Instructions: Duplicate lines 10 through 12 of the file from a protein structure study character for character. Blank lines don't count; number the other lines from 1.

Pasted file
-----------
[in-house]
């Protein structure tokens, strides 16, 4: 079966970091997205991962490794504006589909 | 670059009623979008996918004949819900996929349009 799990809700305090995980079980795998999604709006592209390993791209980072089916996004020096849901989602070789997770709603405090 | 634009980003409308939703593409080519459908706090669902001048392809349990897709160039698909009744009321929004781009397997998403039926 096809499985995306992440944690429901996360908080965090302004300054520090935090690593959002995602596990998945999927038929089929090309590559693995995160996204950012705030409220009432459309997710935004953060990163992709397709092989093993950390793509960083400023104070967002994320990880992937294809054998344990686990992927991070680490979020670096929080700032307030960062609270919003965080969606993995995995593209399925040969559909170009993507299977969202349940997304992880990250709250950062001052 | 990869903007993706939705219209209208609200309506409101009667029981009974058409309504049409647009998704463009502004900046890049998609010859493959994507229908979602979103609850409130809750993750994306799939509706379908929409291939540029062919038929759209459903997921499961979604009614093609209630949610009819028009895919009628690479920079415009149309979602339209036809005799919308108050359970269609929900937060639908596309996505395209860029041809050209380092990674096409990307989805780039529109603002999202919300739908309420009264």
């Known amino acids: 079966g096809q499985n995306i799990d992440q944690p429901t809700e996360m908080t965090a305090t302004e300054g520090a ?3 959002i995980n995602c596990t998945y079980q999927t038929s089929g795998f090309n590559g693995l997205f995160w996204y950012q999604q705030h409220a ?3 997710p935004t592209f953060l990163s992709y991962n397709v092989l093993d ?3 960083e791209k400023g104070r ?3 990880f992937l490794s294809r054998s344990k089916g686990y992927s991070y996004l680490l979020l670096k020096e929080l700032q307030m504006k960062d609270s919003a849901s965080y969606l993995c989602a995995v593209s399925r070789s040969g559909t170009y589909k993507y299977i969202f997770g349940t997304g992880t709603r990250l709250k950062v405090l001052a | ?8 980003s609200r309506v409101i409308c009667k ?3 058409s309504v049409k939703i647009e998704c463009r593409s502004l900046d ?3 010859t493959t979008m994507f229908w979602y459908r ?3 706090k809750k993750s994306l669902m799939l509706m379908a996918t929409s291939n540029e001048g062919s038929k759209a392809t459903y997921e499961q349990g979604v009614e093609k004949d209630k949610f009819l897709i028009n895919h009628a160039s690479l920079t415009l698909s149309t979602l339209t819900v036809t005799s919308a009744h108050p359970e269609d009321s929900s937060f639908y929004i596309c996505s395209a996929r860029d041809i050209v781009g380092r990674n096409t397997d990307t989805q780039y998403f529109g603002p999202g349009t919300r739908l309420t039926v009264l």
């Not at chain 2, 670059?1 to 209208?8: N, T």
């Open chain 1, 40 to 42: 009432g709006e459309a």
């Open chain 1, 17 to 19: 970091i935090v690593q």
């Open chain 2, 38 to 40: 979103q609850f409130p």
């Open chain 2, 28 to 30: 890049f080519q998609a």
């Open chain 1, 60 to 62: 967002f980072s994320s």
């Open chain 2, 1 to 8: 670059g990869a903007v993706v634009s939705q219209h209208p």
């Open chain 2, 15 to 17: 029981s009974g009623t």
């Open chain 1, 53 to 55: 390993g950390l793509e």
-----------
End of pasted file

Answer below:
């Open chain 2, 1 to 8: 670059g990869a903007v993706v634009s939705q219209h209208p």
């Open chain 2, 15 to 17: 029981s009974g009623t």
């Open chain 1, 53 to 55: 390993g950390l793509e």